Next, there must be analysis of everything that the malicious actor and the infected user has accessed. Advanced security tools like the ones BlueCat offers can play a big part here. BlueCat makes it easy to root out ‘patient zero’ in a cyberattack and reduce the time needed to remediate breaches. The steps that trace the stages of a cyberattack from early threat reconnaissance to data exfiltration is called a cyber kill chain.

03:20 – “I’ve tried removing the server from the chain, but the hacker blocked the protocol.”

Screenshot of Sergeant Knox from Cyber Operations with dialog Screenshot of Sergeant Knox from Cyber Operations and Captain Ray Holt with dialog

These words are just more tech jargon strung together to form meaningless sentences. “Removing the server from the chain,” in more accurate terms, could mean that Knox has tried removing the server from the network. In that case, he would have air-gapped the computer, isolating it from any internet connection. Maybe this is why the precinct’s connection is down in the first place!

“Blocking the protocol” is also too vague to mean anything. There are many different network protocols that Knox could have meant. Was it the TCP/IP protocol? The DNS protocol? The DHCP protocol? To make sense, this line requires more details.

03:34 – “I have an override code I can use to wipe the servers clean.”

Screen shot of Captain Ray Holt with dialog Screenshot of Captain Ray Holt with dialog

As the clock ticks, Captain Holt suggests using his override code to delete the entire server database. This is unrealistic because, as a user, the captain would not have this type of privilege. With a security solution, network admins can apply policies to control access for every client based on their role (like the role-based access control that BlueCat Edge provides).

Screenshot of Sergeant Knox from Cyber Operations with dialog Screenshot of Captain Ray Holt with dialog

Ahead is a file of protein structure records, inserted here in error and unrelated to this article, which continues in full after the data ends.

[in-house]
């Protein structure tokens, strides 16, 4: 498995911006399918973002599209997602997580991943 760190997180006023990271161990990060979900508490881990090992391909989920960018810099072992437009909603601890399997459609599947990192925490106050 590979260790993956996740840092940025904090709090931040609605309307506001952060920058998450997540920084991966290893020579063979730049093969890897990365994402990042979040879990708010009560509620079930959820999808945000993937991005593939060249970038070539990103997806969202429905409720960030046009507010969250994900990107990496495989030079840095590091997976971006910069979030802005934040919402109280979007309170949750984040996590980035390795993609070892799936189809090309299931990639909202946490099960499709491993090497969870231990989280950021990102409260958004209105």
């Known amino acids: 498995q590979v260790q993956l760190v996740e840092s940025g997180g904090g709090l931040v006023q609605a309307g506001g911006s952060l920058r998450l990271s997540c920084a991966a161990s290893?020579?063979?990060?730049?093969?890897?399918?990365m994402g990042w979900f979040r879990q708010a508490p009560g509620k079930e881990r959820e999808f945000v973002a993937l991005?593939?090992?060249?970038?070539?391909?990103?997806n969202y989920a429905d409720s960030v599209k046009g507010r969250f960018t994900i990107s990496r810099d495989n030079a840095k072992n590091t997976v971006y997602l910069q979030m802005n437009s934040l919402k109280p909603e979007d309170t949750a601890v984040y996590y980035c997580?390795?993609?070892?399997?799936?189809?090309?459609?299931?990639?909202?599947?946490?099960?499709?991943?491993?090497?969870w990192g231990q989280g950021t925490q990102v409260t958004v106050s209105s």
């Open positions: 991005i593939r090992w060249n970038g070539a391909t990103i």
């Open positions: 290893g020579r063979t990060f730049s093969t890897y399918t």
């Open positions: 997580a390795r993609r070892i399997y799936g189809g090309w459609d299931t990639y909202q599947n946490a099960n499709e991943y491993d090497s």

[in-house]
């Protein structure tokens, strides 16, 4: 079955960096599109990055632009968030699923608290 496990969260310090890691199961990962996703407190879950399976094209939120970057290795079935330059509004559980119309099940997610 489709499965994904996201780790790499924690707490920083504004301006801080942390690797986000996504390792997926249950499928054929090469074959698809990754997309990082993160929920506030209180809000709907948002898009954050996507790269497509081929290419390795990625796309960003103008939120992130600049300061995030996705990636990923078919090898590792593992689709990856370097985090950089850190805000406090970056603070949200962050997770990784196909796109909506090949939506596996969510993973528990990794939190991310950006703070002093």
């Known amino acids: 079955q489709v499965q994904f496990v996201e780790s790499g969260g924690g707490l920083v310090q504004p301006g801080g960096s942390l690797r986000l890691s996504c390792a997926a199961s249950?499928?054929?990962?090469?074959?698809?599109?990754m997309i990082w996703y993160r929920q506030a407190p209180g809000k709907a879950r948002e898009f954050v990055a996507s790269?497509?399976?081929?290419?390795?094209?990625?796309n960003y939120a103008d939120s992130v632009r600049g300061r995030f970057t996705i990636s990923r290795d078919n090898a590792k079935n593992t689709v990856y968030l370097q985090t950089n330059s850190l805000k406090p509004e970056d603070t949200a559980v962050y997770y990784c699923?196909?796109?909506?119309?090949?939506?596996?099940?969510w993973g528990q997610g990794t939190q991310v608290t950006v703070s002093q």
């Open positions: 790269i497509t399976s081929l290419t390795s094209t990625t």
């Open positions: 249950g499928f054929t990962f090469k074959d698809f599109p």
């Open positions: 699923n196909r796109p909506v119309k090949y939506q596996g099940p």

More questions arise when they reveal that the server is only backed up twice a year! Today, at a minimum, both physical and virtual servers usually get backed up once weekly, or up to as often as every 30 minutes.

04:22 – “They [the malicious actor] must be going through a physical AP!”

Screenshot of Sergeant Knox from Cyber Operations with dialog Screenshot of Sergeant Knox from Cyber Operations with dialog

If someone was attempting to breach a physical access point (AP) they would have to physically tamper with WiFi routers and ethernet cables. These are typically located in the ceiling. If we take the statement at face value, going through a physical AP would mean tampering with a device in the ceiling in the middle of the day. With the type of security you’d expect from a police precinct in Brooklyn, this is unrealistic.

15:16 – “We just got a NOS ping from the first floor. The hacker is in room 103!”

Screenshot of Sergeant Knox from Cyber Operations with dialog Screenshot of the cast with dialogScreenshot of Amy Santiago with dialog

A ping is a signal used to test the reachability of another computer or network. A NOS ping, however, is just the abbreviation for Network Operating System and the word “ping” strung together! Instead, the best way to find the location of a device within a network environment is to use the wireless LAN system.

Oblivious, the team follows Knox’s fake directions, nearly letting him get away with his plan. Luckily, the squad races back to Holt’s office just in time to stop him from wiping the database.

Screenshot of Captain Ray Holt with dialog Screenshot of Captain Ray Holt with dialog

As Knox nearly got away with his malicious plan, the precinct’s security may have had its flaws. But the main threat that day? Social engineering.

Social engineering and the importance of cybersecurity awareness

The characters in Brooklyn Nine-Nine may throw around a lot of meaningless technology terms, but the underlying message of cybersecurity is still important. Threats crawl into networks in many different ways. In this case, Knox used the team’s lack of technical knowledge to his advantage. This way of exploiting human psychology and interactions to accomplish malicious objectives is called social engineering.

Social engineering attacks often start with the perpetrator doing a background investigation of the target. Knox executed this well by making sure that Amy, the person who could recognize him, was not there in the morning.

The next social engineering tactic is to gain the victim’s trust and get them to bend or break standard security practices. Knox did this by seeming very credible as an IT guy from cyber operations. He nearly managed to pressure Holt into wiping the whole database clean to protect himself!

Social engineering relies on human rather than software error, which makes it harder to predict and identify. Thwarting social engineering techniques is a shared responsibility between IT and security leaders, who have extensive knowledge about cybersecurity, and all other employees. It requires a collective effort to ensure that everyone is cyber-aware and well-educated to identify threats.